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Maybe Everyone Will Offer Simultaneous Live Audio Streaming for Now Just Engagez

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We believe there is another channel or audience segment that is not being served well by events. This segment is comprised of people who cannot attend a physical event and would like to, but also cannot sit and watch a live video stream either. The thought came to us when we were attending a remote video event but had to go to an appointment and could not watch in the car. We realized that we would have continued attending the event had they only offered an audio stream which we could listen to on the way. We know its not as good as a video, but it would have been better than nothing.

This concept was reinforced after we’d noticed people in our office with a video stream up on one browser, with another “work” browswer opened. They were listening, but couldn’t watch. “Why would I sit and watch someone talk unless I needed to see slides or something? I just want to hear what they are saying,” was the answer we got when asked.

In fact, I often do that as well with YouTube videos that are explaining something that I don’t need or want to watch-just listen.

Since we are unaware of any platform that provides this, we feel it is a unique idea. It may take a while to catch on but with the popularity of podcasting in general, we think it is worth pioneering.

Currently we offer audio-only (lower bandwidth and less strain on the user’s data plan) with the notion that people might start to listen to events more on their mobile devices–while they are traveling, at work or busy doing something else where video isn’t an option.

Ideas on How to Monetize Your Digital Events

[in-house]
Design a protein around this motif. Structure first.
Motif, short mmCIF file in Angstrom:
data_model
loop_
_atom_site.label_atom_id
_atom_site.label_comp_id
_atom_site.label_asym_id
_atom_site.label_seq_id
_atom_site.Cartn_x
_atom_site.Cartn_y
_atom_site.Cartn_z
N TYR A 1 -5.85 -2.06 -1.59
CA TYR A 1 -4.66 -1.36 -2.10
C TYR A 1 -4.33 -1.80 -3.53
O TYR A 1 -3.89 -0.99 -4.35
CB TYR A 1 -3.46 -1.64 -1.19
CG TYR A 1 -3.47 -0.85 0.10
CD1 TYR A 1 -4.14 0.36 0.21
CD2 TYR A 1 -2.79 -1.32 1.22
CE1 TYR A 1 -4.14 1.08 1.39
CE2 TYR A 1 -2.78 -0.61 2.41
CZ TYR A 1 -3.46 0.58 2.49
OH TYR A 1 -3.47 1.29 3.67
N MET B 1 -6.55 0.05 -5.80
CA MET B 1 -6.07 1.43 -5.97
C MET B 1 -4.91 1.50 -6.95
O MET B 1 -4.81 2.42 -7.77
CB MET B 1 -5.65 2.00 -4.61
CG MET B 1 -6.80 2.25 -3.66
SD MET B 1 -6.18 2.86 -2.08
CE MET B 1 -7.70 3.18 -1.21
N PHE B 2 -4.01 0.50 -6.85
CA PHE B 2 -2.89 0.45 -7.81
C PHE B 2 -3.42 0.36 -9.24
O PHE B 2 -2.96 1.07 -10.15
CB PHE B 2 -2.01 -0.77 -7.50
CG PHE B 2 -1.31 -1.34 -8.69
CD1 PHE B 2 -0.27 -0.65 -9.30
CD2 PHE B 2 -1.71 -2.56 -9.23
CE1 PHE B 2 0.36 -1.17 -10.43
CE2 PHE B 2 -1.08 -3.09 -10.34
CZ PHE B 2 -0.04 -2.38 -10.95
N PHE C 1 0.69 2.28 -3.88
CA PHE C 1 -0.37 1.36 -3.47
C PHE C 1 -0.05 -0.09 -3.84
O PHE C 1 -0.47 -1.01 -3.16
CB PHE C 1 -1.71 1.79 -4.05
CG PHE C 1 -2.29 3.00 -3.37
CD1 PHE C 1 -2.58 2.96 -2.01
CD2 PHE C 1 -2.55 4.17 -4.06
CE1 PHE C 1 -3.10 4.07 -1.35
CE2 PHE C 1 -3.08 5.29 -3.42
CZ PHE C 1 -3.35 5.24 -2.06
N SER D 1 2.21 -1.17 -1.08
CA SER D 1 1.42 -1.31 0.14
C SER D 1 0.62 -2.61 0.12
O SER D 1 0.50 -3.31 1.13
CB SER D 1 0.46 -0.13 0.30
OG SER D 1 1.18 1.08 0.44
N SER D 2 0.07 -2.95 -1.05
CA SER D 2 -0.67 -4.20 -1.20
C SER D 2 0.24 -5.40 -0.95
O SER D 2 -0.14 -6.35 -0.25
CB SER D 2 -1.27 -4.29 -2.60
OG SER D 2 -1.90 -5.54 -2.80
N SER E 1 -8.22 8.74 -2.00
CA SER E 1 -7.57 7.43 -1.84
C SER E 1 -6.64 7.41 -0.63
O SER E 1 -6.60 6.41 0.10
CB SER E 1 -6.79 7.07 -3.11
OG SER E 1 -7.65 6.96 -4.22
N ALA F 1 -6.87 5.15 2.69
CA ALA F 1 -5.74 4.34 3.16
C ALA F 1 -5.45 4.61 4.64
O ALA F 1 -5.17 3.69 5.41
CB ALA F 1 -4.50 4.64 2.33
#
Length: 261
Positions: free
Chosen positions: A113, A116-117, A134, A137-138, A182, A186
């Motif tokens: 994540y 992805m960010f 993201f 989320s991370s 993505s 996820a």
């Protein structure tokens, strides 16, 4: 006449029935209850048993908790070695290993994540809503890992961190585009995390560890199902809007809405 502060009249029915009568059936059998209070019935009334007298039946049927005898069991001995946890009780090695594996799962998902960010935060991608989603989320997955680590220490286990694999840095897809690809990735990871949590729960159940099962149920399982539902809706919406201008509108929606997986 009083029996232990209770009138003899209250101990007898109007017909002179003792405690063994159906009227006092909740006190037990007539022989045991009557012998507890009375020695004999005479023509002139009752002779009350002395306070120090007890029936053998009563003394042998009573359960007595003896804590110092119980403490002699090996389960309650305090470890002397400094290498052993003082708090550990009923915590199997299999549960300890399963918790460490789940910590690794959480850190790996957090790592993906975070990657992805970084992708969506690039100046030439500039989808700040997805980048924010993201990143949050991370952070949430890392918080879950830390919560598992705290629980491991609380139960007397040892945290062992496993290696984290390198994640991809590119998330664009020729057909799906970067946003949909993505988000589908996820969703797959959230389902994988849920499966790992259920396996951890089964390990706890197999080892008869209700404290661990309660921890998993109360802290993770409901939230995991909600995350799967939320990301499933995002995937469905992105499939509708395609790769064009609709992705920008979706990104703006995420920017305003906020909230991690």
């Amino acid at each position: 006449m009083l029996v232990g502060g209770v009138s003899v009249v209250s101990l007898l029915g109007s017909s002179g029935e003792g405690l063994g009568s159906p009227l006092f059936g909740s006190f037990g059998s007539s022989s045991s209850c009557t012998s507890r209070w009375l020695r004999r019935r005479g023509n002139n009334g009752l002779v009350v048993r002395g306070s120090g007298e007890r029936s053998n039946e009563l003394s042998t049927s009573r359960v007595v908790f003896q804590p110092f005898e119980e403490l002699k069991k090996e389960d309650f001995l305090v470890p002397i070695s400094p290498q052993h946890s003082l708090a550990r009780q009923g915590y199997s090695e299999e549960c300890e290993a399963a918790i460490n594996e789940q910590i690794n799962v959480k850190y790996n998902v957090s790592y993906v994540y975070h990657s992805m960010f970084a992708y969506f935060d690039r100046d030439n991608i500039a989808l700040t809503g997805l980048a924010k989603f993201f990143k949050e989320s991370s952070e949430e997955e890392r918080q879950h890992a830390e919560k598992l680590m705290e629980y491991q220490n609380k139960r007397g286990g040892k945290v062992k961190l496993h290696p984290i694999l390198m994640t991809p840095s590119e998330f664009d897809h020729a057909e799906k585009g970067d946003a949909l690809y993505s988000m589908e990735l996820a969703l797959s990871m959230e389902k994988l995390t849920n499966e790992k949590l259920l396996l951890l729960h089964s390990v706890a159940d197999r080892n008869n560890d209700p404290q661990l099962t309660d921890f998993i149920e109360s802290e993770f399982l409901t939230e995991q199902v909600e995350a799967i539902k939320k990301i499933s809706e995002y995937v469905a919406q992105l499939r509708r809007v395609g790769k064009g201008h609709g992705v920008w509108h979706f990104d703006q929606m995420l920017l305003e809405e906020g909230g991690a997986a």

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Some organizations look to generate direct revenue from their online event programs although most are actually seeking to achieve other, indirect benefits. This post is for those that want to generate revenue.

Like most roads, the road to monetization often leads back to content. Whether it is an overall event sponsorship you are selling, a content specific sponsorship, or access to specific content, the primary reason people attend an online program is to gain new knowledge.

Let’s start with the low hanging fruit; content people need and will pay money to access. As an example, one of the most successful virtual events is Social Media Summit. They consistently sell tickets to attend their annual event online and sell a lot! At $495 (at least last I checked that was the price) they have had events that have been attended by around 2,000 people. They have great content, a hot subject and lots of people to sell to.

There are associations that routinely make hundreds of thousands of dollars selling virtual-only registrations to their events at the full price of an in-person registration. People are willing to pay if the content is really important to them and may be willing to pay full price for the convenience of not having to leave their office or practice.

The key is to have content that people are willing and able to pay for (that by the way, is a good rule to have no matter what content you are sharing). That’s where your work comes in… finding out what that is and then putting a plan together to create/capture it AND THEN MARKETING. Don’t neglect to explore marketing partnerships either! The beauty of this type of digital product is that the cost doesn’t go up based on the use so you can be very aggressive with partner commissions.